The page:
Check Out These Interesting Photos of a Sukhoi Su-57 Popping Its Drag Chute in The Air Before Touchdown

Sequence of the sensational landing of a Sukhoi Su-57 with early drag chute deployment on Saturday during practice before the opening of the MAKS 2019 airshow. (Photo: Tom Demerly/TheAviationist)

Early deployment of the drag parachute is a safe practice but rarely seen.

Media day at the massive MAKS 2019 Airshow in Zhukovsky, Russia outside Moscow brought aviation journalists from around the world to the photo platform at the opposite edge of the field from airshow general audiences today.

While reporters and photographers crowded onto the massive, two-story elevated platform, at least four different Sukhoi Su-57s flew formation and solo flight demonstrations during show rehearsals on Saturday, August 24, 2019.

Russian demonstration pilots are known for their ability to push an aircraft to the outer edge of its envelope. On Aug. 24, at Zhukovsky we saw a dramatic example.

One Su-57 demo pilot made a quick approach from the far end of Zhukovsky field from the photo stand. As photographers prepared to shoot the landing and roll-out of several Su-57s in the air simultaneously, a few photographers who got set up quickly enough captured a dramatic sequence when one of the aircraft opened his drag chute while still quite a few feet above the runway.

While this is a safe practice for a qualified pilot, it is avoided in general military flying for tactical aircraft equipped with drag chutes. The minor suspension of normal landing practices did make for an interesting photo sequence though, as you can see in the four photos above.

This is what The Aviationist’s Jacek Siminski explained about the drag chute deployment before touch down commenting the video of a Polish Su-22 Fitter last year:

Drag (or drogue) chutes are a quite common design trait of the Soviet-made jets. The system consists of a single or several parachutes placed in a special pod located in the rear section of the fuselage. The chute is ejected with the use of a smaller parachute, spring-driven or compressed air based system. After the aircraft comes to a halt, the chute is separated to prevent the aircraft from being dragged on the runway. Moreover, the chute often comes with a safety system, with a ring that breaks if the braking system is deployed at a speed which is too high. In the case above probably the speed was low enough to keep the said element intact and the chute stayed in its place.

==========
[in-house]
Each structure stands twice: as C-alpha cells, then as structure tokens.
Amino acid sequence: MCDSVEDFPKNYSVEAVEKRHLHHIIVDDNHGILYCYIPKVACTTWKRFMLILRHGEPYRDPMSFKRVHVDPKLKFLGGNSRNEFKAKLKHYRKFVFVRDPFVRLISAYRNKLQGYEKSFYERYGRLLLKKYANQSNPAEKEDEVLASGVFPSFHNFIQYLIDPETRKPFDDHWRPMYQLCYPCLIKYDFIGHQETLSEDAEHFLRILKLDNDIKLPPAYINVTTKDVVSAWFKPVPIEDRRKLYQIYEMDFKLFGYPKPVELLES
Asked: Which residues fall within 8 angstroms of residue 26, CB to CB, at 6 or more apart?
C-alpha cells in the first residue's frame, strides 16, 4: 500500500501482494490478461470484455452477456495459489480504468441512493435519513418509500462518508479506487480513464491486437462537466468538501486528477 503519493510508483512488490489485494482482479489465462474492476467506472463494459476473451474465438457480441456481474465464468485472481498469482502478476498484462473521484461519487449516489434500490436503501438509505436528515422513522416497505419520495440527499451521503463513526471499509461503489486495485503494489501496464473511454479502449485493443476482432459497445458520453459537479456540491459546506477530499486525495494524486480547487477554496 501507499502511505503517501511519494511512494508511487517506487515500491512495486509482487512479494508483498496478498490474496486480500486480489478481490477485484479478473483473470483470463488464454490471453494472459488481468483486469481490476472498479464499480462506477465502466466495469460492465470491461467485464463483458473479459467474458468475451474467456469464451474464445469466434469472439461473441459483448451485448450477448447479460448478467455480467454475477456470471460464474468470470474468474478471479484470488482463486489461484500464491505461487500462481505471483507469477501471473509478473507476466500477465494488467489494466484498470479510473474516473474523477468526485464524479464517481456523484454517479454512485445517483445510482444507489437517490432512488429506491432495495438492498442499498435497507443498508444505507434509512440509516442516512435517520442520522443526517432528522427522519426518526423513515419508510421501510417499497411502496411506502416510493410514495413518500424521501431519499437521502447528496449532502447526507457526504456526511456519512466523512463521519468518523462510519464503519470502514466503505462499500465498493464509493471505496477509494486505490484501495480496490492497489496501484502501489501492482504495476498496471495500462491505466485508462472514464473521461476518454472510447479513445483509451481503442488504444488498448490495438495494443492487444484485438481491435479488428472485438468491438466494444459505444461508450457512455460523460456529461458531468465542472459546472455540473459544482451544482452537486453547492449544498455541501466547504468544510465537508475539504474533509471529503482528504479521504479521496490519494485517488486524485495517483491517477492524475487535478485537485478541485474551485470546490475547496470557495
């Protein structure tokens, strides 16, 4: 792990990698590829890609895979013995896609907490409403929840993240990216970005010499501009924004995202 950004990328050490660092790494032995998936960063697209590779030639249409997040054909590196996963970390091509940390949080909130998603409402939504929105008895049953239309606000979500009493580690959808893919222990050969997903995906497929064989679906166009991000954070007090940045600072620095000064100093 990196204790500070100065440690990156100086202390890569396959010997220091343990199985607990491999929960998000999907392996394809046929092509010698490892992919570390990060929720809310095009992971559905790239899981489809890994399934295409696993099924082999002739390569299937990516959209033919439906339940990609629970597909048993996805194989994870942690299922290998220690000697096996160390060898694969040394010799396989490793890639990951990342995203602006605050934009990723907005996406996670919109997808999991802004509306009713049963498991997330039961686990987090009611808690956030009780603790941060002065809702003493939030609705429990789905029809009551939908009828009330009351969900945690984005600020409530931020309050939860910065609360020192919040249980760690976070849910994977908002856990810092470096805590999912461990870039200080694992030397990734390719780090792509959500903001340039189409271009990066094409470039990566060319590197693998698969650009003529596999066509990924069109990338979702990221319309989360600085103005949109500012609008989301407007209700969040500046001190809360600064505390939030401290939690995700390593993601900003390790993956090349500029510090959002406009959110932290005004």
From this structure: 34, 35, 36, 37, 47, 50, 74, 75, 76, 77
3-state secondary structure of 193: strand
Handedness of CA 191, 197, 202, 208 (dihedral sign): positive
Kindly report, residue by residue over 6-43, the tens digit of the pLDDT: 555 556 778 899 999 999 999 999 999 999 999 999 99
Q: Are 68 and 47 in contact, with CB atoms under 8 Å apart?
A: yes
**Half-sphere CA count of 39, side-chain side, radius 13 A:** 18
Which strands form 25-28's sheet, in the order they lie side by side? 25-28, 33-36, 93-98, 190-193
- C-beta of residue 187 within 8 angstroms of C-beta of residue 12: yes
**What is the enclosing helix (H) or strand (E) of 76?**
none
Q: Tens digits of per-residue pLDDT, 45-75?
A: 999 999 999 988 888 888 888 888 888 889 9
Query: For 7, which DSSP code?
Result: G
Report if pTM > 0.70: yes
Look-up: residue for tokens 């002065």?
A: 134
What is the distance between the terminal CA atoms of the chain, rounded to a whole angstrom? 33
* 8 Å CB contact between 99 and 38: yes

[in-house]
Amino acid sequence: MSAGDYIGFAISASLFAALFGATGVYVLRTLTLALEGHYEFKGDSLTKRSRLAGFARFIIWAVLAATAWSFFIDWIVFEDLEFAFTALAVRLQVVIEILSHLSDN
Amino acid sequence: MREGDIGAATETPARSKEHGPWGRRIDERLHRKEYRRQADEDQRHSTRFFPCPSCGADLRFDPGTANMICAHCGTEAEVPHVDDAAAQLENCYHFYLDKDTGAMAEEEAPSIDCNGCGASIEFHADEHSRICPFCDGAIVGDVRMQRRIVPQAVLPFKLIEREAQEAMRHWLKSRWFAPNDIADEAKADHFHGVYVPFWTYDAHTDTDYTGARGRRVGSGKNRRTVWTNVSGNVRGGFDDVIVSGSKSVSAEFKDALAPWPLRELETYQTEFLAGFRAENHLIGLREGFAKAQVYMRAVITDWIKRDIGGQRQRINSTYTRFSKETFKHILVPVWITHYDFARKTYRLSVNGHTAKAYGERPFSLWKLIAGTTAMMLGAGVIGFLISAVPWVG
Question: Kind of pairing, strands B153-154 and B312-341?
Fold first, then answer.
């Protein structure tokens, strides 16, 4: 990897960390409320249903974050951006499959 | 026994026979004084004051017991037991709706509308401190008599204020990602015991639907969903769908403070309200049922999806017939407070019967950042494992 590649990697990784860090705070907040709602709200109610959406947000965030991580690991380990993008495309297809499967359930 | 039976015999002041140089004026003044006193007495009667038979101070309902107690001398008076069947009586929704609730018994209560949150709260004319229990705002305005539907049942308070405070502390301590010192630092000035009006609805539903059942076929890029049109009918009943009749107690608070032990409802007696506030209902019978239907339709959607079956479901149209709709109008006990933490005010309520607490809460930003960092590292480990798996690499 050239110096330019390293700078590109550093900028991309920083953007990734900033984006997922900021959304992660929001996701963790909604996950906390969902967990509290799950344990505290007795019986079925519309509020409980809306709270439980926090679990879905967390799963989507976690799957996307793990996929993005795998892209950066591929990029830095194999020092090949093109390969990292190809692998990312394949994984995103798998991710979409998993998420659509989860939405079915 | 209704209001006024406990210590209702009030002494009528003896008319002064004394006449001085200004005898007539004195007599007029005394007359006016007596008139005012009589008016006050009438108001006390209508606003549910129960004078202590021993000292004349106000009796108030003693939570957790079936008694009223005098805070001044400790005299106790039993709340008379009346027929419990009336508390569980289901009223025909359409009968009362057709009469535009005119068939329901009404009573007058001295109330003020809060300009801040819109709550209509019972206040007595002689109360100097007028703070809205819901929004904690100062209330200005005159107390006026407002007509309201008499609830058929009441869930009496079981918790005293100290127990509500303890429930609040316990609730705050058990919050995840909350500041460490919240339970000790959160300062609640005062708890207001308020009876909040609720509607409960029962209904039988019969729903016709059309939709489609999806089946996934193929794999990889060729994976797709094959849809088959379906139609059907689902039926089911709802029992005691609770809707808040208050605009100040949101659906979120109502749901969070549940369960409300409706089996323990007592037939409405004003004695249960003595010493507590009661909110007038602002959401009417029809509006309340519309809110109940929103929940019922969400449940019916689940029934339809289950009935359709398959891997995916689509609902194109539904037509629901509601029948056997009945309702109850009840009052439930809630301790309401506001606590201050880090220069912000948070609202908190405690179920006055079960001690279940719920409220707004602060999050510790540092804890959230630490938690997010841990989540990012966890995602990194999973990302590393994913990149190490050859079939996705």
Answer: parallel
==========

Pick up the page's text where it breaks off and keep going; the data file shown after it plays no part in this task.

Notably, the drag created by drogue chutes is lower than the one experienced in case of the conventional drop-parachutes in order to prevent damage to the aircraft.

The one in the video is one of the techniques used to land on a damaged runway: the chute is deployed about 7 feet above the runway and the aircraft only needs 350 meters to stop.

The MAKS 2019 airshow officially opens to the public on Tuesday, August 27 and runs through Sunday, September 1, 2019 at Zhukovsky International Airport.

About Tom Demerly 367 Articles
Tom Demerly is a feature writer, journalist, photographer and editorialist who has written articles that are published around the world on TheAviationist.com, TACAIRNET.com, Outside magazine, Business Insider, We Are The Mighty, The Dearborn Press & Guide, National Interest, Russia’s government media outlet Sputnik, and many other publications. Demerly studied journalism at Henry Ford College in Dearborn, Michigan. Tom Demerly served in an intelligence gathering unit as a member of the U.S. Army and Michigan National Guard. His military experience includes being Honor Graduate from the U.S. Army Infantry School at Ft. Benning, Georgia (Cycle C-6-1) and as a Scout Observer in a reconnaissance unit, Company “F”, 425th INF (RANGER/AIRBORNE), Long Range Surveillance Unit (LRSU). Demerly is an experienced parachutist, holds advanced SCUBA certifications, has climbed the highest mountains on three continents and visited all seven continents and has flown several types of light aircraft.